Press release: UK union leaders call for Bangladesh minimum wage boost and condemn police violence
For immediate release, 1 November 2023
General secretaries of 15 major UK trade unions issue call on the Government of Bangladesh to set a 23,000 taka (£172) monthly minimum wage for Bangladeshi garment workers 
Violence and unrest rising on the streets of Dhaka and Gazipur, as police clash with protesting workers – 2 dead and a number of union leaders arrested 
UK unions and NGOs condemn the violence and call on Bangladesh officials to protect worker lives and freedoms.
Amid rising unrest and repression of garment union representatives in Bangladesh, UK unions and NGOs have issued a letter calling on the Government of Bangladesh to urgently set the minimum wage for garment workers at a liveable level, and stop the violence.
Reports say that tens of thousands of garment workers have been protesting on the streets since Tuesday, clashing with police in Gazipur and Dhaka. Officers used tear gas and water cannons to disperse the crowds of factory workers, who were blocking roads near factories producing clothing for major western brands. Two workers have been killed by police .
The currently monthly minimum stands at just 8,000 taka or £60 a month, last revised in 2018, which workers report is so low they have to skip meals to survive. Protests started last week after the Bangladesh Garment Manufacturers and Exporters Association (BGMEA) put forward proposals for the new monthly minimum wage to be set at 10,400 taka (£78) – less than half of the trade unions’ demand of 23,000 (£172). The wage board convened again today (1 November), but no conclusion was declared. The employers have committed to return with a revised offer in a week .
Anna Bryher, Policy Lead at the human rights charity Labour Behind the Label said: “These protests can only be seen as a consequence of the desperate need for wage to be set that people can survive on and a lack of faith in the wage revision process to deliver this.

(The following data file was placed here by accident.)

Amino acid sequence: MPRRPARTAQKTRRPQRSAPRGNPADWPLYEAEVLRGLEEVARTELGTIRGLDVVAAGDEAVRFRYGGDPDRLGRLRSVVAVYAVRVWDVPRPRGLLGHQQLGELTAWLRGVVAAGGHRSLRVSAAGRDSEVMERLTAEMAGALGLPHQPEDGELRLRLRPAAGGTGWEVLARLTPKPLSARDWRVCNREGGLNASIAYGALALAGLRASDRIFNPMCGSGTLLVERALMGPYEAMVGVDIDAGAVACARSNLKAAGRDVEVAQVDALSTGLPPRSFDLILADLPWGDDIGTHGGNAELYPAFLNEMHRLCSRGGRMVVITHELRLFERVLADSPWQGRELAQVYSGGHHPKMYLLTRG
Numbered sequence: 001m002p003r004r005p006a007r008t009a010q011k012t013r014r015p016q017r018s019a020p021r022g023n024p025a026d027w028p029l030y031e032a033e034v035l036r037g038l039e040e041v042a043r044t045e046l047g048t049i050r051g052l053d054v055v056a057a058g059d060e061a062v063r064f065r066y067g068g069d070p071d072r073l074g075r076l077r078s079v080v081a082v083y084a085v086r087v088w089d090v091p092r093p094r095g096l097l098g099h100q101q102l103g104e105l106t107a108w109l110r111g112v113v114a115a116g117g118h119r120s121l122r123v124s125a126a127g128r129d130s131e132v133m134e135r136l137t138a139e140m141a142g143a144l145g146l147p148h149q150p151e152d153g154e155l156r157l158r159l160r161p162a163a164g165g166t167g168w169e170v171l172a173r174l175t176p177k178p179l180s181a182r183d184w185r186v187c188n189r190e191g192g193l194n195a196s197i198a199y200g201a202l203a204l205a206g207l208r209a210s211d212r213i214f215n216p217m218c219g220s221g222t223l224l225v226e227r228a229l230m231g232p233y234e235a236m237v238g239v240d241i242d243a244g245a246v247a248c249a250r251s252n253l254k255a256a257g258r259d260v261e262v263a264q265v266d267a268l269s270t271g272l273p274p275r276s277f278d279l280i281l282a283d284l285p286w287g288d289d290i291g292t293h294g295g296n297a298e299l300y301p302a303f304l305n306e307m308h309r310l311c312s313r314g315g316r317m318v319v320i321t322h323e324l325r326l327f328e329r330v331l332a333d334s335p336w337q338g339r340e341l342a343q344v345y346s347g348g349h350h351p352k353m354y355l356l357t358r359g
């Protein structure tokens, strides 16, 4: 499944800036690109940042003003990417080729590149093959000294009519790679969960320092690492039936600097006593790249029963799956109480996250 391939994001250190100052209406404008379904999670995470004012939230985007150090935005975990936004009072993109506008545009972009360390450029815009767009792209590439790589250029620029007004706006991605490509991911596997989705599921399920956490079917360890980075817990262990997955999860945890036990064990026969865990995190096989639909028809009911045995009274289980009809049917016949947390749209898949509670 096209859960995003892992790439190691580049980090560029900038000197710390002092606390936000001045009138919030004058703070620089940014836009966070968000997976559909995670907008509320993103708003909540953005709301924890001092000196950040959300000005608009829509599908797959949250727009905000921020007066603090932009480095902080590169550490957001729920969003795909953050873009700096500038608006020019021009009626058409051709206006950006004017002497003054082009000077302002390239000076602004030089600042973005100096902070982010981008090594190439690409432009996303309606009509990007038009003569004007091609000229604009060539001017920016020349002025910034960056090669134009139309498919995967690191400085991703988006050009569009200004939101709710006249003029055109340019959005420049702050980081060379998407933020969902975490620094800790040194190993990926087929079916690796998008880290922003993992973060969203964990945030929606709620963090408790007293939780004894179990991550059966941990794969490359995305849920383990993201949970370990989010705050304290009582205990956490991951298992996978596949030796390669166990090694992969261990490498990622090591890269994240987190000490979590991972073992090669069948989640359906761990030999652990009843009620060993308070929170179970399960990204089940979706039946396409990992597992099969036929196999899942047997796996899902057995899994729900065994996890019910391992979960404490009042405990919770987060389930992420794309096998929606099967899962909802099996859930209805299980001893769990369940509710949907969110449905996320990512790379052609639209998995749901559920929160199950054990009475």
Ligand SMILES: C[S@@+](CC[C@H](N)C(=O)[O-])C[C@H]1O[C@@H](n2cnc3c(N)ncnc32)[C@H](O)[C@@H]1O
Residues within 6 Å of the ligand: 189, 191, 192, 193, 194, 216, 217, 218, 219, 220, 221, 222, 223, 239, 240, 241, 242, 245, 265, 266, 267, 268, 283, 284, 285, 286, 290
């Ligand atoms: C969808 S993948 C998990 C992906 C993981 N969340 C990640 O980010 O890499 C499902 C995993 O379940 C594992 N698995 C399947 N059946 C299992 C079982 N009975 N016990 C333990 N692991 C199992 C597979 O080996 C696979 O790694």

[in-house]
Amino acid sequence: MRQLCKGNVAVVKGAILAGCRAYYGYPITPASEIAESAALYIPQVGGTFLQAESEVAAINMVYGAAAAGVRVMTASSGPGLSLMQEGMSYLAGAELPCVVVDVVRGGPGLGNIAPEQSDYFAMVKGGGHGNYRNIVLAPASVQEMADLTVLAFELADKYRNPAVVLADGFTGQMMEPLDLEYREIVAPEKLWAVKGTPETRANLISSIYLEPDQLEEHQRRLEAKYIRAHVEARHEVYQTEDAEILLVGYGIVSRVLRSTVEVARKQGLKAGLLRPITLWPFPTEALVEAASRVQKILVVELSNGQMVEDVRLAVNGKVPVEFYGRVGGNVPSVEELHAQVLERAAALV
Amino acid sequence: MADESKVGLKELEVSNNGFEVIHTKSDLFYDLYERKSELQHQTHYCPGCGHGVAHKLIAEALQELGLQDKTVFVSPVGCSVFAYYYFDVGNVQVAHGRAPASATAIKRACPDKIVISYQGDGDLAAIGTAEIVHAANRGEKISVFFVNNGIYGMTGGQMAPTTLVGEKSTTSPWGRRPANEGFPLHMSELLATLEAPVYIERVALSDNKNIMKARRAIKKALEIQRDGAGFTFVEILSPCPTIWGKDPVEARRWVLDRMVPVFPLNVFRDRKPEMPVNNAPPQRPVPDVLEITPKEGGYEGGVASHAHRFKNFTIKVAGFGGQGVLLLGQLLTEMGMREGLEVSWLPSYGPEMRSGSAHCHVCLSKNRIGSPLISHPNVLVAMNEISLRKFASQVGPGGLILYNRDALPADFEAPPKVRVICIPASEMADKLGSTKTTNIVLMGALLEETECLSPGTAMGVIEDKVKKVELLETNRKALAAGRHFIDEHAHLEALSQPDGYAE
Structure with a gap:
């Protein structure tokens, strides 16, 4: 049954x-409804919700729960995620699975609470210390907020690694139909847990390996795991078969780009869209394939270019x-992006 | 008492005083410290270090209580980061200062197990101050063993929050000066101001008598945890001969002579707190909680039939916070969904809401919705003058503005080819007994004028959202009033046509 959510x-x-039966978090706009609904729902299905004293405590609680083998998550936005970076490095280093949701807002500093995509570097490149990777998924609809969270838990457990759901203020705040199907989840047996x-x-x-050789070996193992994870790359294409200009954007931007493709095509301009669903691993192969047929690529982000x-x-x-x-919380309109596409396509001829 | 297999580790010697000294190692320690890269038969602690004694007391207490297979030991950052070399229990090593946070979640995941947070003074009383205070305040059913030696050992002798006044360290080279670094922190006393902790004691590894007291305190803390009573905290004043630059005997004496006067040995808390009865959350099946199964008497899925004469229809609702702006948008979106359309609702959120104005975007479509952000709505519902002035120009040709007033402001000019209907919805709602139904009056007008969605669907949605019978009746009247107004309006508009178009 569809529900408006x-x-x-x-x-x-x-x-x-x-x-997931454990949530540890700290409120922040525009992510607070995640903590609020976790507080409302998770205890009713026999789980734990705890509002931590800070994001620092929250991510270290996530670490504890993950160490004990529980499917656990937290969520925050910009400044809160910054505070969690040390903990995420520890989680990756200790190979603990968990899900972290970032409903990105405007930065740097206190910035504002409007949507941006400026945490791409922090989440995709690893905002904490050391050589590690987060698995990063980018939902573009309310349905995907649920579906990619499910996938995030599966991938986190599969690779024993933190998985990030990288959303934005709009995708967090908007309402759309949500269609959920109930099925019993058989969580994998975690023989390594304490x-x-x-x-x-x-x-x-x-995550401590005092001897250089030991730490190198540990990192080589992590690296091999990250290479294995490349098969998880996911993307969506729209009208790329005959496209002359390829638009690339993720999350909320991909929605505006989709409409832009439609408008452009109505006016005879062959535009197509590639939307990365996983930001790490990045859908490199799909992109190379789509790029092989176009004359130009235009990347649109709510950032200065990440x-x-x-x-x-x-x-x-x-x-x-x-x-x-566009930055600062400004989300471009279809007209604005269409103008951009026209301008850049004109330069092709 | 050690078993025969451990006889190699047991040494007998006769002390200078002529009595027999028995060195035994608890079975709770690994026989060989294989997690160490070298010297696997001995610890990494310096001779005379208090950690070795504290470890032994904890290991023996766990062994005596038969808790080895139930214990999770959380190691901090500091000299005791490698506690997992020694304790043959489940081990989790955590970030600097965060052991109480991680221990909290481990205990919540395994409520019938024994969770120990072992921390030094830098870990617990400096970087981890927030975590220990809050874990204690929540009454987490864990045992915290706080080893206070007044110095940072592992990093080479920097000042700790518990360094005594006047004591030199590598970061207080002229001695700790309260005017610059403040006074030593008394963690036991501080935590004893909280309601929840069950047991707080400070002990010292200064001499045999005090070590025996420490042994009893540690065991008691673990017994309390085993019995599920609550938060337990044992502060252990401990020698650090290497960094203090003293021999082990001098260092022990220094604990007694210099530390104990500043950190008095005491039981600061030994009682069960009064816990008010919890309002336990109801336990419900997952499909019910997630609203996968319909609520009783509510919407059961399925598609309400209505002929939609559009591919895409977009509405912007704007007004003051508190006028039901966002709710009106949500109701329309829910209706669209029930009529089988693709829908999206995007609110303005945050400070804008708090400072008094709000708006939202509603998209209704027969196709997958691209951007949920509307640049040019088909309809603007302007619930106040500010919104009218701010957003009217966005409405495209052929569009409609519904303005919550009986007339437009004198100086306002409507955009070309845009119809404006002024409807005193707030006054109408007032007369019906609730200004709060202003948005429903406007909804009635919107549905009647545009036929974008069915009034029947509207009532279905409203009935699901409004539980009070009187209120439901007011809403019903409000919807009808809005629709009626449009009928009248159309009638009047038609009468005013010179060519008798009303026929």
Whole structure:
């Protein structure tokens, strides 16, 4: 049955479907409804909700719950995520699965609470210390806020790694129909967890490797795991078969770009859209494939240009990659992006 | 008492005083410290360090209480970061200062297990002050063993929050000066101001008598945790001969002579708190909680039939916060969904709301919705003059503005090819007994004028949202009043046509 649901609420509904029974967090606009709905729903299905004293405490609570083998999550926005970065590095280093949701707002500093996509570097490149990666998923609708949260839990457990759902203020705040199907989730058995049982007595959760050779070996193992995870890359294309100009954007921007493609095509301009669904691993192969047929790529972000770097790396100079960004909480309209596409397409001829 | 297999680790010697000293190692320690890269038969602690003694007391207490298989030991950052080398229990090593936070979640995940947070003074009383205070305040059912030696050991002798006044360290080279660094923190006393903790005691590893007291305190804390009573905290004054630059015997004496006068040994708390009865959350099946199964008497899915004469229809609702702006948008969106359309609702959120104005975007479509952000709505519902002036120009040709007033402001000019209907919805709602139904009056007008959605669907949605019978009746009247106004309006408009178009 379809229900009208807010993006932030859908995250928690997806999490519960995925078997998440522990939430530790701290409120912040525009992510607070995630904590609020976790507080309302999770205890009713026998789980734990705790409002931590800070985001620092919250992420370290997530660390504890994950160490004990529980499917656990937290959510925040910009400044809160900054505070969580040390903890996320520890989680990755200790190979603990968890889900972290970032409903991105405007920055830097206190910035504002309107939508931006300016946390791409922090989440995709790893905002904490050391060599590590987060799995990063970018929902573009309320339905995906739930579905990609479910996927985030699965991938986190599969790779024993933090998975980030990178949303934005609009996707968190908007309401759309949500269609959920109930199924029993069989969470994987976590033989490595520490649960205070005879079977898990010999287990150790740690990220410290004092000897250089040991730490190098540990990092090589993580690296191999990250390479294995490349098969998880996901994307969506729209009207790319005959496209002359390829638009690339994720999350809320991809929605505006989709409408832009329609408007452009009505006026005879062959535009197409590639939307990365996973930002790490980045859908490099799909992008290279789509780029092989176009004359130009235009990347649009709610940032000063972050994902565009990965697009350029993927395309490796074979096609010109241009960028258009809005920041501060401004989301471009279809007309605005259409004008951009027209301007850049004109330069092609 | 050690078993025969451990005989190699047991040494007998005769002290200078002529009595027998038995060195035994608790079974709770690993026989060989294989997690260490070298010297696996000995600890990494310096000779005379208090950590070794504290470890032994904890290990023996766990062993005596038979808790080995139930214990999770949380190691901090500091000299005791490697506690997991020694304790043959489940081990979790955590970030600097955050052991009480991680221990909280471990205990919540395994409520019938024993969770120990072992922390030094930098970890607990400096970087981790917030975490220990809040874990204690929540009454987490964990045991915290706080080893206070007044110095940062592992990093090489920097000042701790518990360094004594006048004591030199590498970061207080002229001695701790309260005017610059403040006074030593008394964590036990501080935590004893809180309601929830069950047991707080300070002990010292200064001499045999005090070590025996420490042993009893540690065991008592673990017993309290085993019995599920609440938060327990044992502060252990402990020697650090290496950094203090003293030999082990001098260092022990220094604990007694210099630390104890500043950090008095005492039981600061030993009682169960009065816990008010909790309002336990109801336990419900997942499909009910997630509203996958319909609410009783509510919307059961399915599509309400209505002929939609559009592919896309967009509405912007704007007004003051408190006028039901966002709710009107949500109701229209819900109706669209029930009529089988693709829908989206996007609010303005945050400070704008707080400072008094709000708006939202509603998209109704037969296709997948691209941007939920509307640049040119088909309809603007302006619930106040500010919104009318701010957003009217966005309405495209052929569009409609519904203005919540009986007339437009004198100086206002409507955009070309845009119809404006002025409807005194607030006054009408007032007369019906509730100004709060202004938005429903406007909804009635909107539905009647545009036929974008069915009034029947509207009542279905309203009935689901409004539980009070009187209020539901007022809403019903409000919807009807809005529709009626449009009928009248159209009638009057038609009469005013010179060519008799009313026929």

While workers risk their lives to voice the need for a bare minimum liveable wage, fashion brands sourcing from Bangladesh have remained silent. Without brands expressing a commitment to pay prices that cover significantly increased wages and condemning the violence, what hope is there? Their silence is ensuring poverty, and legitimising the undemocratic environment in which the wage revision is taking place.”
Labour Behind the Label further expressed concerns about a repetition of the heavy-handed police retaliation against protesting workers that took place in Bangladesh five years ago during the previous wage revision. Three trade union officials have so far been arrested  and union organisers have reported pre-emptive information gathering visits from secret police, further stoking fears of union repression.
Stephen Russell, Senior International Officer at the Trades Union Congress (TUC) said:
“It beggars belief that the Government of Bangladesh would still rather kill and imprison trade unionists than just sit down to negotiate with them. It’s just a few years since it agreed a roadmap at the ILO to respect union rights – but the government has betrayed workers yet again.
The TUC stands in solidarity with unions in Bangladesh, whose members shouldn’t have to risk their lives just to demand an adequate minimum wage.”
Garment worker rights groups No Sweat, War on Want, Remake and Labour Behind the Label delivered the letter signed by around 500 UK Trade Unions, NGOs and individuals to the Bangladesh High Commission on Monday calling for the workers’ demand for a 23,000 taka minimum wage to be met, and condemning violence against unions and workers. Officials accepted the letter at the door and committed to pass its contents on .
Notes for editors:
For press enquiries please contact Anna Bryher, Policy Lead at Labour Behind the Label: email@example.com // firstname.lastname@example.org // +44 7786 832 035
 Photos including an image of the letter being handed in:
Please credit Labour Behind the Label